He Aitaka a Tāne
Kamahi appeals to the senses
Like many tall canopy trees of our native forests, it is not until kāmahi explodes into full flower in late spring, summer and autumn that it really stands out against the earthy tones of the bush.
Its profusion of white flower spikes broadcasts the fact that this is the most abundant forest tree in Aotearoa, its range extending from sea level up to 900 metres of altitude from about the middle of Te Ika a Māui (the North Island) to Rakiura (Stewart Island).
This medium-sized spreading tree grows up to 25 metres tall and is usually found in the company of other broad-leaved species, particularly southern beeches, Southern rātā, and podocarps.
It often starts life as an epiphyte growing on tree ferns, and is regarded as a colonising species after forest fires. Experts say it is always prominent in second growth forests after they have been clear-felled.
Kāmahi is a dominant part of the forest canopy on Te Tai Poutini (West Coast), Rakiura and in the Catlins, on the south-east corner of Te Waipounamu.
In pre-European times, the tree was so valuable to Māori it was protected by tapu. When workers were clearing ground for cultivation, legend has it they were careful not to cut down all the tree’s limbs, or they or their spouse may suffer unfortunate consequences.
And yet there are very few references to the use of kāmahi by Māori in written records, which is surprising considering the range of specific uses found for other similar trees of the forest canopy.
Its most obvious value to Māori was as a dye. A pigment was extracted from kāmahi bark to dye cloaks and mats made of harakeke, kiekie and tī kouka.
The best description of the process was preserved by that stalwart of Muruhiku customs Herries Beattie, writing in Traditional Lifeways of the Southern Māori.
Beattie says Muruhiku people soaked kāmahi bark in an ipu (a wooden dish) filled with water, into which hot stones were placed to boil the water. The liquid was left to cool naturally for two or three days and the resulting reddish dye produced a colour that lasted well. It was sometimes used as a preservative to soak fishing lines or to stain mats.
Early Pākehā settlers recognised the preservative properties of kāmahi bark, which has up to 30 percent tannin content. During the 19th century they used this natural resource to tan leather, and for a brief time the bark was exported for this purpose.
In Māori Healing and Herbal, Murdoch Riley lists only four recorded medicinal uses for kāmahi (Weinmannia racemosa) and its closely related cousin tawhero or tōwai (Weinmannia silvicola), a slightly smaller-leaved form found north of Auckland. Some records suggest the names tawhero and tōwai were applied to both species.
Riley records a member of a survey party near Waitōtara in the 1870s who burnt his leg stepping over a fire in front of his tent. The wound would not heal. A Māori chief by the name of Harawira took some bark from the tawhero, scraped off some of the reddish inner bark, made a poultice from it and applied it to the open sore.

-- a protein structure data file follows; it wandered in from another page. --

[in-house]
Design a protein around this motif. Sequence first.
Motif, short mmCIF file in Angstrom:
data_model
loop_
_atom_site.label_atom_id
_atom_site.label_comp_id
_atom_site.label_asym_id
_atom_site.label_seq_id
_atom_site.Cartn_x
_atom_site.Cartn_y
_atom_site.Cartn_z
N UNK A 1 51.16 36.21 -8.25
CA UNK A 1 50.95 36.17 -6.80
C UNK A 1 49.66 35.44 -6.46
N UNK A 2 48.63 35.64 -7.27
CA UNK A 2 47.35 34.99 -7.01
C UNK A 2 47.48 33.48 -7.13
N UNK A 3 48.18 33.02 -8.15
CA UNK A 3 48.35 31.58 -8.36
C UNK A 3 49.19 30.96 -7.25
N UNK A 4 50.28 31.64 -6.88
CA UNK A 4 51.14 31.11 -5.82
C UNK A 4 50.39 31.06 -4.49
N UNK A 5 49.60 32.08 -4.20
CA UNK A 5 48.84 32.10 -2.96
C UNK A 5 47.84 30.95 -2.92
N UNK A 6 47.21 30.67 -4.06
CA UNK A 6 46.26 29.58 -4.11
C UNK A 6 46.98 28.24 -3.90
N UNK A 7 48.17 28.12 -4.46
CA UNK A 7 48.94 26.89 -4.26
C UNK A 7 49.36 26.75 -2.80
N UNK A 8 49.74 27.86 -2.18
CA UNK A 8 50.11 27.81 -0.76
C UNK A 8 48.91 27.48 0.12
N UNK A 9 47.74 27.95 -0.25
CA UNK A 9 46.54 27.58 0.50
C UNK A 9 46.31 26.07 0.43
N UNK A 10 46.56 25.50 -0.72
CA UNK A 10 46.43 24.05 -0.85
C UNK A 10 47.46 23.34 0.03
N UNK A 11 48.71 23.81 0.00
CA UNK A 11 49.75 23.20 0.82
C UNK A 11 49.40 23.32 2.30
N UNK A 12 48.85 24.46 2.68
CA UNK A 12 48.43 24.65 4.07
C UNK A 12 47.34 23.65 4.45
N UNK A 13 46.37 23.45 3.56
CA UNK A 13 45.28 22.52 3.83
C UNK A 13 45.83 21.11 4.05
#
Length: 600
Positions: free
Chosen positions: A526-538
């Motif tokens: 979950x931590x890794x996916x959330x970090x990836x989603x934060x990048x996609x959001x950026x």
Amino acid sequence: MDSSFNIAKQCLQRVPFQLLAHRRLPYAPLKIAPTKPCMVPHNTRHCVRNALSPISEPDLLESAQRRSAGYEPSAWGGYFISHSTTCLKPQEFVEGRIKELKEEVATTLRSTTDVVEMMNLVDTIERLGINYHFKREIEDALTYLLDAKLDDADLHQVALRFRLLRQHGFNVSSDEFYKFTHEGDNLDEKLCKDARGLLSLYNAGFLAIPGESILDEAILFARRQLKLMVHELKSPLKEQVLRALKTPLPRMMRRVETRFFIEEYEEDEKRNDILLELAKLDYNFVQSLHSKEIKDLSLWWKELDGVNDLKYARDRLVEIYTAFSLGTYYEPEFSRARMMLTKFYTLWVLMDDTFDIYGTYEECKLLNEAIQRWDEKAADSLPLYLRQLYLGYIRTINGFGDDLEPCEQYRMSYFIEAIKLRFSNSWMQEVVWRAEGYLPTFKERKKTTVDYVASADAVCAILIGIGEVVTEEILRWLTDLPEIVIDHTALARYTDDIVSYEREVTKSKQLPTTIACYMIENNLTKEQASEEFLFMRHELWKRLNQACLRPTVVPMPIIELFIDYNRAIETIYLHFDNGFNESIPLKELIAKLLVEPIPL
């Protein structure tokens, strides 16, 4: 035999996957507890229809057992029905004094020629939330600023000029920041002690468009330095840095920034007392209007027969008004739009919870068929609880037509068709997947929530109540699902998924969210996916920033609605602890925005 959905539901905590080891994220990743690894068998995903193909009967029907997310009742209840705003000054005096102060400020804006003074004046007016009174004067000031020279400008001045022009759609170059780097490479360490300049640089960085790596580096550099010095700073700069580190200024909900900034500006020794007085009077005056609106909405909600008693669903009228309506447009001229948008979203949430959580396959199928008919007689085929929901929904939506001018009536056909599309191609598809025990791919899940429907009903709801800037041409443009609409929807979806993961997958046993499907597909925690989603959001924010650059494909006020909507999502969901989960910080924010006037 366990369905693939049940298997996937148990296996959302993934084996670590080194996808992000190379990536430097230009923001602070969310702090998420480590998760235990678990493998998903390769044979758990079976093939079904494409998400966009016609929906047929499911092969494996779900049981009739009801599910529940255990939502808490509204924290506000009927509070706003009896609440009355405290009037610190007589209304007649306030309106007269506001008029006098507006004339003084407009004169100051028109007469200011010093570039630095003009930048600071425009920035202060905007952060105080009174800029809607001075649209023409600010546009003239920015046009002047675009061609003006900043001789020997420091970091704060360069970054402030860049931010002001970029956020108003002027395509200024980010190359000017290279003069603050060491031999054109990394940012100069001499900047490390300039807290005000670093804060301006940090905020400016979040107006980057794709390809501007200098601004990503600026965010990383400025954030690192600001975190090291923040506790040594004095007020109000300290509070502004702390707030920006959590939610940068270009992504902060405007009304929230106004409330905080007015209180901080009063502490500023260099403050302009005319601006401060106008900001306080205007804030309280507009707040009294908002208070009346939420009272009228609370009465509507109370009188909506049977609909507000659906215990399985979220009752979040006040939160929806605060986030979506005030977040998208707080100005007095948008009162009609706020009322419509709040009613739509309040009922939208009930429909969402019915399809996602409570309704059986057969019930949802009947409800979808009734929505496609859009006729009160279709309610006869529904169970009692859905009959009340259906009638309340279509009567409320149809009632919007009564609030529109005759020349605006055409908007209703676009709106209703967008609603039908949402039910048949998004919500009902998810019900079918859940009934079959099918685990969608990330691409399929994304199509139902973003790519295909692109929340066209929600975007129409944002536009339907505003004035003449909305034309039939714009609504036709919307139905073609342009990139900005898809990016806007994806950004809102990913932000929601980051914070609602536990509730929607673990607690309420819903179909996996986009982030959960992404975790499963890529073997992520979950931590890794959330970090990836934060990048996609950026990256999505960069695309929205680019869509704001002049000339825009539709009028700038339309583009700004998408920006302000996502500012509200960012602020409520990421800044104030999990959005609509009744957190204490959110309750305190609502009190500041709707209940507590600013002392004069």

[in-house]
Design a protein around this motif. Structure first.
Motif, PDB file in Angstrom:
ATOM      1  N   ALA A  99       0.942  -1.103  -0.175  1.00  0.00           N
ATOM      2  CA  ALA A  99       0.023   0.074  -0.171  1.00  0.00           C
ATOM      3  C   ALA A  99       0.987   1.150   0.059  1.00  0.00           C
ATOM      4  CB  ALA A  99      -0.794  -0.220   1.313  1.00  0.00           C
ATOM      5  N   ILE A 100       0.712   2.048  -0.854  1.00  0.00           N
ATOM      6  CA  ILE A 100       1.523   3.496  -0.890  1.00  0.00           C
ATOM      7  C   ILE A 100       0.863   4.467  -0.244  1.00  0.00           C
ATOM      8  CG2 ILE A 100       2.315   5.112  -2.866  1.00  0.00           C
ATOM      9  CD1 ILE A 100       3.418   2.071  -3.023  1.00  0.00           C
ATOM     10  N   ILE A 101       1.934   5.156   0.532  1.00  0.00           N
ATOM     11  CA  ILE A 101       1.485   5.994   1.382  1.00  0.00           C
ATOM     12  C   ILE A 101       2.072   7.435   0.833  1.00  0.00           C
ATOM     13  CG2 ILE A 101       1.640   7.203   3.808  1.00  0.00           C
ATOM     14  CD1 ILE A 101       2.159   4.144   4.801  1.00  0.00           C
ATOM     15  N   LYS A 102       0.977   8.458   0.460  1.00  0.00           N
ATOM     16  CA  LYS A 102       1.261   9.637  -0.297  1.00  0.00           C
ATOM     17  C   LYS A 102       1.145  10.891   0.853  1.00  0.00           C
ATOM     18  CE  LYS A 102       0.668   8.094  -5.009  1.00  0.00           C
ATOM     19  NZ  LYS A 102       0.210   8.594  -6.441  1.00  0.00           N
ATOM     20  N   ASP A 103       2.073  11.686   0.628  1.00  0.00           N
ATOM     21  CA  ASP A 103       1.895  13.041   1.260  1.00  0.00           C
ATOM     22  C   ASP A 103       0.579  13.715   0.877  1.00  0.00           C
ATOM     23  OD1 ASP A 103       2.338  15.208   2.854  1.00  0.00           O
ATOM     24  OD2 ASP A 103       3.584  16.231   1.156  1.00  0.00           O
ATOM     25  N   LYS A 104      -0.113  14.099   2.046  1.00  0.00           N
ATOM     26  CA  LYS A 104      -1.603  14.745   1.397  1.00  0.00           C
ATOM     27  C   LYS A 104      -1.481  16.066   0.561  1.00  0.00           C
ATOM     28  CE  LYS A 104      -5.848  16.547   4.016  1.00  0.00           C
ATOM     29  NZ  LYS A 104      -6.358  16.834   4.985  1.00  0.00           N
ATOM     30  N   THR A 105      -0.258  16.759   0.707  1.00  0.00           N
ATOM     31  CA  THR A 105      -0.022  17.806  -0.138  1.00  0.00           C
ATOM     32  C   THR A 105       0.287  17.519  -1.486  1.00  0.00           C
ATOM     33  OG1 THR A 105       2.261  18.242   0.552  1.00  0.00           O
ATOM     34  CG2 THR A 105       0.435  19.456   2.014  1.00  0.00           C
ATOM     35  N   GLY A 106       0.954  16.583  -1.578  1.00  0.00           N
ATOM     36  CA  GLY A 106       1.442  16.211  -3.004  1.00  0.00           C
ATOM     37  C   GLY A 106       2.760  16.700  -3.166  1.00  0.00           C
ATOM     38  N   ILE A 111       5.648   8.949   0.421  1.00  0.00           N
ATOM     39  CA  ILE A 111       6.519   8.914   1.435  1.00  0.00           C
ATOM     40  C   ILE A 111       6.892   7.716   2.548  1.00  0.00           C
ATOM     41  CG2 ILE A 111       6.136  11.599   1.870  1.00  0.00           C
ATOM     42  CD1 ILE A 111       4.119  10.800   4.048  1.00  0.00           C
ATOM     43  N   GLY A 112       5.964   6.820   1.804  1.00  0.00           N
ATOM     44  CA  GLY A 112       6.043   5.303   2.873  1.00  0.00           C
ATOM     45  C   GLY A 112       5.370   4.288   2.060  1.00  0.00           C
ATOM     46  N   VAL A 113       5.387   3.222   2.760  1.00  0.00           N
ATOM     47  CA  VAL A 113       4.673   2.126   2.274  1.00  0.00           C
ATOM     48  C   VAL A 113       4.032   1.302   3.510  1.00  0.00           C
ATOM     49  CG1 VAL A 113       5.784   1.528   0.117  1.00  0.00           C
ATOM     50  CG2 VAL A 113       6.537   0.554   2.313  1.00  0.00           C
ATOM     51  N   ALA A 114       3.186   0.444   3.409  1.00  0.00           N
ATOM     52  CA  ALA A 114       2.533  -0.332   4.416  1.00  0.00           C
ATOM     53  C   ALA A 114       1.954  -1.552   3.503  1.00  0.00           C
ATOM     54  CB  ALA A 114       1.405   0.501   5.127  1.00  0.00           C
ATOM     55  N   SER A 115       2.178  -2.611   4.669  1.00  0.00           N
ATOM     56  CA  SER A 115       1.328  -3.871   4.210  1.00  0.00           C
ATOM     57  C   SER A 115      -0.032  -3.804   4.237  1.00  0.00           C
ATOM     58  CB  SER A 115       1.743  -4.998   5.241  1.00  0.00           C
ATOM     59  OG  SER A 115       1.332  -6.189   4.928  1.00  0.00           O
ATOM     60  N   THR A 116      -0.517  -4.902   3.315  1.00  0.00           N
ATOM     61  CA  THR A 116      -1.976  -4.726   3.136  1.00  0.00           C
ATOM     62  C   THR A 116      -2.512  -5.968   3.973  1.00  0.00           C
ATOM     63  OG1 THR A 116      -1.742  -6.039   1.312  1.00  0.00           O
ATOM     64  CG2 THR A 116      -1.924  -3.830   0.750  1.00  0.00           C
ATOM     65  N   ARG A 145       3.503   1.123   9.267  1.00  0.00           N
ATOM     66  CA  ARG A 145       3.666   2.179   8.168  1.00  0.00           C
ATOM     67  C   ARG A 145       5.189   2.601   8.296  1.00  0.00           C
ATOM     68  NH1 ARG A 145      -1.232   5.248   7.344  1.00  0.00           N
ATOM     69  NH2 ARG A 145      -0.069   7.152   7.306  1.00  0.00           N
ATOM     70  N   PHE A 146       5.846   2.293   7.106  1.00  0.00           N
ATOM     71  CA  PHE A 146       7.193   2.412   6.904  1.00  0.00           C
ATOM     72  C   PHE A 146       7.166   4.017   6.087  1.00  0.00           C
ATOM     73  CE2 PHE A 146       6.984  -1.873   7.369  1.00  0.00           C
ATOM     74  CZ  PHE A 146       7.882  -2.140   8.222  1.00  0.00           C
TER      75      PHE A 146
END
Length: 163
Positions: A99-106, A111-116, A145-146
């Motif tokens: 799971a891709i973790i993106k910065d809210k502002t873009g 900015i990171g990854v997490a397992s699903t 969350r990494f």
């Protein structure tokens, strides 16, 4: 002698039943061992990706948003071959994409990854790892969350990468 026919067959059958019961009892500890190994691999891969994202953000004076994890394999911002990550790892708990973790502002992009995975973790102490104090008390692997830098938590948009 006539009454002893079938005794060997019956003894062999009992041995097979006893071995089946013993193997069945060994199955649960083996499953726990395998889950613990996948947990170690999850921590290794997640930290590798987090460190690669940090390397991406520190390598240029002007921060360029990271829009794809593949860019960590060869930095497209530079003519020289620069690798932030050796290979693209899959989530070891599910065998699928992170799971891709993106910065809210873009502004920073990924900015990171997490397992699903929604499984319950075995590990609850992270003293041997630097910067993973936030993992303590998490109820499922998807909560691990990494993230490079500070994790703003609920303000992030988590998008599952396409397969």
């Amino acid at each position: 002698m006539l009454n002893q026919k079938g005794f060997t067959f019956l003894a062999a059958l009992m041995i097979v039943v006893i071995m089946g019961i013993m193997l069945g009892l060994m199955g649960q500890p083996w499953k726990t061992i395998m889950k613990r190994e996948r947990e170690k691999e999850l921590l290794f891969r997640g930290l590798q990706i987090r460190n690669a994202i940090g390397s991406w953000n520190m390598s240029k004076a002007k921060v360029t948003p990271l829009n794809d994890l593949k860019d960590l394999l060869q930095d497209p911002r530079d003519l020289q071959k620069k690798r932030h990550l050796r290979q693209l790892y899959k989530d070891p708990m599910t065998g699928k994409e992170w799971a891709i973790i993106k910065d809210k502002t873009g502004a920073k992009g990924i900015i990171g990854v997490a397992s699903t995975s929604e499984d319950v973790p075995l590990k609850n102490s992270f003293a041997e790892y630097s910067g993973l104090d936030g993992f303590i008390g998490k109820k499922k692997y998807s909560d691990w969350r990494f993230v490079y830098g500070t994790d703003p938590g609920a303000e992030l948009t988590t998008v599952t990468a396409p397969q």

“It was no time until a healthy skin covered the wound and in quite a short time my leg was alright,” the grateful patient wrote.
Similar treatments involved taking the clean inner bark from the sunny side of a tōwai. The bark was boiled and the liquid, sometimes mixed with olive oil, was applied warm to burns. The burns were reported to heal without leaving scars.
Other sources say bark taken from the west side of the kāmahi, from which the outer rind had been scraped off, was steeped in hot water and the brew imbibed to treat abdominal and thoracic pains. An infusion of the inner bark soaked in boiling water was also taken as a tonic and a laxative.
Modern science confirms the bark contains large amounts of tannin and catechin, which has astringent properties. In Which Native Tree? Andrew Crowe writes that chemical analysis of kāmahi leaves identified antiviral properties against influenza type A.
Naturalists Joseph Banks and Daniel Solander classified kāmahi when they collected samples from Queen Charlotte Sound during James Cook’s first voyage of the Endeavour.
Like many native trees kāmahi is hardy and will grow in most situations. It often starts life as a dense shrub, but, given the space, can develop into a handsome specimen tree. The bark is relatively smooth and is greyish in colour with blotchy patches of white.
The adult kāmahi has large, shiny, leathery leaves (3–10 cm long) which are oval in shape with a roughly toothed edge. From late spring to autumn the tree is festooned with flowers delicately arranged on fluffy white spikes, not unlike those found on some hebe species.
Both the flowers and the foliage make this plant popular with florists for use in formal flower arrangements.
The timber is difficult to season as it is prone to warping and cracking. The wood is light in colour and strong, but is not durable when exposed to the weather. Nonetheless, it was traditionally used for sleepers, piles for house construction and as fence posts.
The best way to appreciate this forest tree these days is to sample the very distinctive bush honey that beekeepers specifically target, particularly from the kāmahi forests on the west side of the Southern Alps.
If you can lay your hands on a sample of kāmahi honey before it is exported, it has a strong and distinctive taste that will remain in your memory for a very long time.